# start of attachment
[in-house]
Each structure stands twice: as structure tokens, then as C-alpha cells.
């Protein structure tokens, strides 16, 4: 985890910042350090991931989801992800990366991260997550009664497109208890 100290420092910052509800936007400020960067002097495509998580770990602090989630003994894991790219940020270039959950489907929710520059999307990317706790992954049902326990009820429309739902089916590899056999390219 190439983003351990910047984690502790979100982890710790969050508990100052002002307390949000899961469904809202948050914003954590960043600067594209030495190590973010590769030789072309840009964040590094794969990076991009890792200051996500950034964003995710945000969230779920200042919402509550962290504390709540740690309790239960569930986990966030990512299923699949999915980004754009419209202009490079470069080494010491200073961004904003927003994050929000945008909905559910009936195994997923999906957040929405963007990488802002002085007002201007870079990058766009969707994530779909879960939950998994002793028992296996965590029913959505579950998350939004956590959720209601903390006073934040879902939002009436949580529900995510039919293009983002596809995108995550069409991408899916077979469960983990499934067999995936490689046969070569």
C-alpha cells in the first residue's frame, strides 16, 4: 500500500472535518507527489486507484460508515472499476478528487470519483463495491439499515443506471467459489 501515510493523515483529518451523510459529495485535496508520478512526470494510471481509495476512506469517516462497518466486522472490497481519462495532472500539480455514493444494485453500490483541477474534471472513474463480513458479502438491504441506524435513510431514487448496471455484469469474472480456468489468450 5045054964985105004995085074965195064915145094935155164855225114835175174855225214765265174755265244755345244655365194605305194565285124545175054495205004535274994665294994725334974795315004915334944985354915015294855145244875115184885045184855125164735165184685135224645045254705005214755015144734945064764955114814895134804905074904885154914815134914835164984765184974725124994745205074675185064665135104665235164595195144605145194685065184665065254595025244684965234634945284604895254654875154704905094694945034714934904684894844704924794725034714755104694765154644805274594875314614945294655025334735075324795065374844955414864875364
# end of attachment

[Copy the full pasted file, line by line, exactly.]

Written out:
[in-house]
Each structure stands twice: as structure tokens, then as C-alpha cells.
């Protein structure tokens, strides 16, 4: 985890910042350090991931989801992800990366991260997550009664497109208890 100290420092910052509800936007400020960067002097495509998580770990602090989630003994894991790219940020270039959950489907929710520059999307990317706790992954049902326990009820429309739902089916590899056999390219 190439983003351990910047984690502790979100982890710790969050508990100052002002307390949000899961469904809202948050914003954590960043600067594209030495190590973010590769030789072309840009964040590094794969990076991009890792200051996500950034964003995710945000969230779920200042919402509550962290504390709540740690309790239960569930986990966030990512299923699949999915980004754009419209202009490079470069080494010491200073961004904003927003994050929000945008909905559910009936195994997923999906957040929405963007990488802002002085007002201007870079990058766009969707994530779909879960939950998994002793028992296996965590029913959505579950998350939004956590959720209601903390006073934040879902939002009436949580529900995510039919293009983002596809995108995550069409991408899916077979469960983990499934067999995936490689046969070569």
C-alpha cells in the first residue's frame, strides 16, 4: 500500500472535518507527489486507484460508515472499476478528487470519483463495491439499515443506471467459489 501515510493523515483529518451523510459529495485535496508520478512526470494510471481509495476512506469517516462497518466486522472490497481519462495532472500539480455514493444494485453500490483541477474534471472513474463480513458479502438491504441506524435513510431514487448496471455484469469474472480456468489468450 5045054964985105004995085074965195064915145094935155164855225114835175174855225214765265174755265244755345244655365194605305194565285124545175054495205004535274994665294994725334974795315004915334944985354915015294855145244875115184885045184855125164735165184685135224645045254705005214755015144734945064764955114814895134804905074904885154914815134914835164984765184974725124994745205074675185064665135104665235164595195144605145194685065184665065254595025244684965234634945284604895254654875154704905094694945034714934904684894844704924794725034714755104694765154644805274594875314614945294655025334735075324795065374844955414864875364